In a recent paper, Burri and colleagues (1) addressed the complex theme of bioprosthesis durability in patients with congenital heart disease (CHD) operated of tricuspid valve replacement (TVR). The authors reviewed a consecutive series of 51 patients (mean age 32 years) affected by CHD (mainly Ebstein disease) operated over a 25 years period of TVR with a bioprosthesis. The main results of the study are the following: (I) TVR in patients with CHD can be accomplished with acceptable early mortality (30-day mortality rate was 8%) and with good late survival (5 and 10 years survival rate were 80%); (II) structural valve deterioration (SVD) is a significant problem, with a 10-year freedom from prosthesis dysfunction of only 58%. Younger age and smaller valve size (in the context of patient-prosthesis mismatch) result the strongest independent predictors of SVD; (III) SVD does not always translate into valve re-replacement, as 10-year freedom from reoperation was 81%; (IV) however reoperation were quite common in the follow-up period (13 patients) with SVD occurring faster after the reoperation in respect to the first time operation.
In patients with acquired valve disease (AVD), TVR remains a major surgical intervention with a considerable reported risk of mortality (7–22%), and a high incidence of prosthesis-related complications (14–34%), which results in a high number of reoperations (10–22%) during a follow-up of 5–9 years (2,3). Reasons for these disappointing results greatly depend on the population characteristics, as it has been demonstrated that age, preoperative congestive heart failure and redo operation are major determinants of early and long-term mortality (4).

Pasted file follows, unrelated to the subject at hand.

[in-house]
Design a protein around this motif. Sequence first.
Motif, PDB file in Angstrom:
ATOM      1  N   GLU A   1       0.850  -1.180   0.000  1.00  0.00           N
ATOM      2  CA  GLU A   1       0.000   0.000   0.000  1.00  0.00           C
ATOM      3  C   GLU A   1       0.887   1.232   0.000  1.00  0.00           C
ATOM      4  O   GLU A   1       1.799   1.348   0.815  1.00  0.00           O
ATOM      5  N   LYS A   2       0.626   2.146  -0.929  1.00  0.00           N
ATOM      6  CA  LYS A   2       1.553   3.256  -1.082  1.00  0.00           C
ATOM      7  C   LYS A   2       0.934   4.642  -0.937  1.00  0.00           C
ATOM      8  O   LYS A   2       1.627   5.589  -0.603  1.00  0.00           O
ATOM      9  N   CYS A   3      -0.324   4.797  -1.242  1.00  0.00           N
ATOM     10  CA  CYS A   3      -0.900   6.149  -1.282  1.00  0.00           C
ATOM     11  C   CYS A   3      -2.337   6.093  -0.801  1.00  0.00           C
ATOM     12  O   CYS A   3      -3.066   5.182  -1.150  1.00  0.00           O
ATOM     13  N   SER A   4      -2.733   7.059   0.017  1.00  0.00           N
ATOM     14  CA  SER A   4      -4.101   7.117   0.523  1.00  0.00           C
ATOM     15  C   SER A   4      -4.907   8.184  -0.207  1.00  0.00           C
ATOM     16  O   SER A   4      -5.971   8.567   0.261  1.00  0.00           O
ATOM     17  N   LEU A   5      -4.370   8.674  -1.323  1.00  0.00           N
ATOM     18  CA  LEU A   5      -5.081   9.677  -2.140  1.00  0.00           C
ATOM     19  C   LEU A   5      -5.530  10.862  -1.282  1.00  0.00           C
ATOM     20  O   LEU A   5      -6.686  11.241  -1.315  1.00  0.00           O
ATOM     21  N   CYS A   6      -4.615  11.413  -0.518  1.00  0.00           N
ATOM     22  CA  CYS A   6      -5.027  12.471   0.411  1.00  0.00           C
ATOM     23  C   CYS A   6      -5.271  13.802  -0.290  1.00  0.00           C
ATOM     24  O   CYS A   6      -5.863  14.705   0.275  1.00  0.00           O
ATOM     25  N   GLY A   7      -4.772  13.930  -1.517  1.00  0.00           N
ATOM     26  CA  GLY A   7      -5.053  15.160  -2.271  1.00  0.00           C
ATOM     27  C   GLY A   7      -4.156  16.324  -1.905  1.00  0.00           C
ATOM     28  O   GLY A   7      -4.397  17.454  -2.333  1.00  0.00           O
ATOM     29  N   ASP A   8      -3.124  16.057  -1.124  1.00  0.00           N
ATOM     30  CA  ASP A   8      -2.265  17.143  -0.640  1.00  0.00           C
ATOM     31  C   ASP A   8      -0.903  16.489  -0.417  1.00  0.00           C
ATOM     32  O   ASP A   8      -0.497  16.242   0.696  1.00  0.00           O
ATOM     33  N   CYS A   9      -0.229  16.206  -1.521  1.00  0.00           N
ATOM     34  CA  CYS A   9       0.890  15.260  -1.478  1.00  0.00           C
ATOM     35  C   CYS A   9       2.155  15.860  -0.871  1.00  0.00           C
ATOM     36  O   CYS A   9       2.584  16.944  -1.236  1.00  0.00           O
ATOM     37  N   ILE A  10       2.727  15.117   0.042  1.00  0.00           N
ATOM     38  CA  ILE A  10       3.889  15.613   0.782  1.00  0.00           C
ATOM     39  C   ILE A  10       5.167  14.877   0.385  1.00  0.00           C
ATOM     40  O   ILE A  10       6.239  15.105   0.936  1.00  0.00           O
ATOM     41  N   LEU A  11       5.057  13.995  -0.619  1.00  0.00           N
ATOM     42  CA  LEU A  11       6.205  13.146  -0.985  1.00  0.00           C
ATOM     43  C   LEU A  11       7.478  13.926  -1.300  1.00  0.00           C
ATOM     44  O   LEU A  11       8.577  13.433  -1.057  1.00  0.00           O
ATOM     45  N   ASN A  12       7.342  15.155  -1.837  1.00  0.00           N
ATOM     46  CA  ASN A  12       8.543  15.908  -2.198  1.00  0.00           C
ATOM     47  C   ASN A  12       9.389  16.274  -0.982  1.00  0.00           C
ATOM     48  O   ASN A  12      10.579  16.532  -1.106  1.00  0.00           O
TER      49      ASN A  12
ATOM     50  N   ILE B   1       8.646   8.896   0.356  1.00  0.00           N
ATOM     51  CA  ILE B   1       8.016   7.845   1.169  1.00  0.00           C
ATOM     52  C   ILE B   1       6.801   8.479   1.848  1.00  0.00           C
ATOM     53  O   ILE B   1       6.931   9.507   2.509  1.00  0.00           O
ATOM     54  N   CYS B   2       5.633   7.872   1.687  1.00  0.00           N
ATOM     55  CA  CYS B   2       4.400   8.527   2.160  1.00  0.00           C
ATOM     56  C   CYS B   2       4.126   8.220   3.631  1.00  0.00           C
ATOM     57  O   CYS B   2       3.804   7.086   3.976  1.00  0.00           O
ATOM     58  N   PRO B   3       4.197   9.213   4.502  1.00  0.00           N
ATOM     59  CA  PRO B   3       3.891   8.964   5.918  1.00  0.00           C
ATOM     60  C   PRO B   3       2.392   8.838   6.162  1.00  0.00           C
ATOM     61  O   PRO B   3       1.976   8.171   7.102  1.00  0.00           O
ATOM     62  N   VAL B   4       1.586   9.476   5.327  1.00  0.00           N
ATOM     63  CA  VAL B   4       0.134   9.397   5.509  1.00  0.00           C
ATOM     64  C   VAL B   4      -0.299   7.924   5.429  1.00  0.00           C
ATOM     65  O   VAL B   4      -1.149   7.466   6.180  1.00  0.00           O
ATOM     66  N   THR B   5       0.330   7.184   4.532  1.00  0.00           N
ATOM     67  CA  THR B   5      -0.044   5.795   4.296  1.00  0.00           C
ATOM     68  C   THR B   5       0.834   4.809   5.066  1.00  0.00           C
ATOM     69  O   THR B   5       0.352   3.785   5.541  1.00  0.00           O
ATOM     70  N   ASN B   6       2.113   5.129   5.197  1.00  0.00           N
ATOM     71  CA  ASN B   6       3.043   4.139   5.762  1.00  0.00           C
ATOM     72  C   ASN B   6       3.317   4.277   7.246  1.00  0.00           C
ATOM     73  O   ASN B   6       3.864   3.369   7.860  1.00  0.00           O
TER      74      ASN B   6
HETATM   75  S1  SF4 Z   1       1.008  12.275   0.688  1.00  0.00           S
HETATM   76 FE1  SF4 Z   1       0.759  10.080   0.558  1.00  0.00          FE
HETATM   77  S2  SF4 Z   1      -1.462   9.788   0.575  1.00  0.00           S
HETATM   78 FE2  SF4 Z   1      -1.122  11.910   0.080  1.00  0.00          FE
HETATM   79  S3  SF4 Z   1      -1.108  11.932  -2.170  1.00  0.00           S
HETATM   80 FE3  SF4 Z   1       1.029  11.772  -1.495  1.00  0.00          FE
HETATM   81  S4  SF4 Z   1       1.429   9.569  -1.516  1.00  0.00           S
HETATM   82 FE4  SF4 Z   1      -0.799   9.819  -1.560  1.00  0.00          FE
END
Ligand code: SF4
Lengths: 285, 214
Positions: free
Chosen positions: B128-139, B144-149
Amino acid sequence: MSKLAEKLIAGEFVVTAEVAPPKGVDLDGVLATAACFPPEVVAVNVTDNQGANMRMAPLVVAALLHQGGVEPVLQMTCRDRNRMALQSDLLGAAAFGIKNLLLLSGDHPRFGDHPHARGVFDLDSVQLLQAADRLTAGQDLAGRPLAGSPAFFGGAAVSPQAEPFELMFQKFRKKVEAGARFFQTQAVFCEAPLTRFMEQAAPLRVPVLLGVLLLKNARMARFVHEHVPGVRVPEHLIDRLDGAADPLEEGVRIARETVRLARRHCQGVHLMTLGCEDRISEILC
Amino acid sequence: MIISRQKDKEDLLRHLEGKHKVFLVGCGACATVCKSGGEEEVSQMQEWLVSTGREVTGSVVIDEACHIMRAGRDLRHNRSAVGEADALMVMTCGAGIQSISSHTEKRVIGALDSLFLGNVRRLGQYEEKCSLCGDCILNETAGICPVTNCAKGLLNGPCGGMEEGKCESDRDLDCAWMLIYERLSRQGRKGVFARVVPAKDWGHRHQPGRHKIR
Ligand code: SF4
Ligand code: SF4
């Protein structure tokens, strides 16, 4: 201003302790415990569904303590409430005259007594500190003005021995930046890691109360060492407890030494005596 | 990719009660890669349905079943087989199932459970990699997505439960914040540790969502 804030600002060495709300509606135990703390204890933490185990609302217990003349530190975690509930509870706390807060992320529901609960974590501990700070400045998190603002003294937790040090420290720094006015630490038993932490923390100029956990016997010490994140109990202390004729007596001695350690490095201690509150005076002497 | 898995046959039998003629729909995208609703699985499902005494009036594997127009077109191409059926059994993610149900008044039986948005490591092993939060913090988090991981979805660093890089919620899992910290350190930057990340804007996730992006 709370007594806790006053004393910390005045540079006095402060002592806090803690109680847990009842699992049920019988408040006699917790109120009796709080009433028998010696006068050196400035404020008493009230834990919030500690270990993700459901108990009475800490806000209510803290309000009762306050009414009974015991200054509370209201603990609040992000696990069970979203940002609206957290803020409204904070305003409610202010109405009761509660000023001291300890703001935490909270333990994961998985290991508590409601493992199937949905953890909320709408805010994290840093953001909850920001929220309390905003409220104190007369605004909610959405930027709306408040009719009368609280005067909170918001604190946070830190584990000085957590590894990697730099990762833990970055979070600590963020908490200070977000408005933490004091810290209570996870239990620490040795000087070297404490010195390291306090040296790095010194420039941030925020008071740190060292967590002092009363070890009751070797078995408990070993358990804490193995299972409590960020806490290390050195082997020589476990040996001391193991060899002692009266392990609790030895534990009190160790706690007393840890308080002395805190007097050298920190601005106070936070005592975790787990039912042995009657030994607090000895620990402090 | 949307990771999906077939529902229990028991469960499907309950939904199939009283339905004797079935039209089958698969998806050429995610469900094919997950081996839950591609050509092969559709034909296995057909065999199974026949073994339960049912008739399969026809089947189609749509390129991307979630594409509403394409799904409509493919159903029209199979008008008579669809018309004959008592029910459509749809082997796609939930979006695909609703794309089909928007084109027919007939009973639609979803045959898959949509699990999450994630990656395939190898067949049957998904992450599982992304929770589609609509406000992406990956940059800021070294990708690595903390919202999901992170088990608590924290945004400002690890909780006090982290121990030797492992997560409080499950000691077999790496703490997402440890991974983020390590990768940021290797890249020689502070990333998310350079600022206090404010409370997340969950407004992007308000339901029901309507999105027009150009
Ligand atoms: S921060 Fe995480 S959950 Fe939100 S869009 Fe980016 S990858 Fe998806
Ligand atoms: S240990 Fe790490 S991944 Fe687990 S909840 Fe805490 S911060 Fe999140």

Data on TVR in patients with CHD are scarce, and seem to report conflicting results. The only large series of congenital patients with tricuspid valve prostheses are that of the Mayo Clinic who succeeded in collecting a huge amount of data mainly related to Ebstein’s disease (5,6). In patients with CHD, results are more favourable, as shown by studies on patients with Ebstein anomaly in whom 5- and 10-year survivals of 88–93% and 85–93%, respectively, are reported with the use of bioprostheses (6). However results of TVR in small children (age <6 years) are disappointing as well, and children <1 year of age had markedly worse outcomes than the older group of children with a 64% hospital mortality (7). This difference in survival between acquired and congenital TVRs might well be due to differences in preoperative status and age at implantation.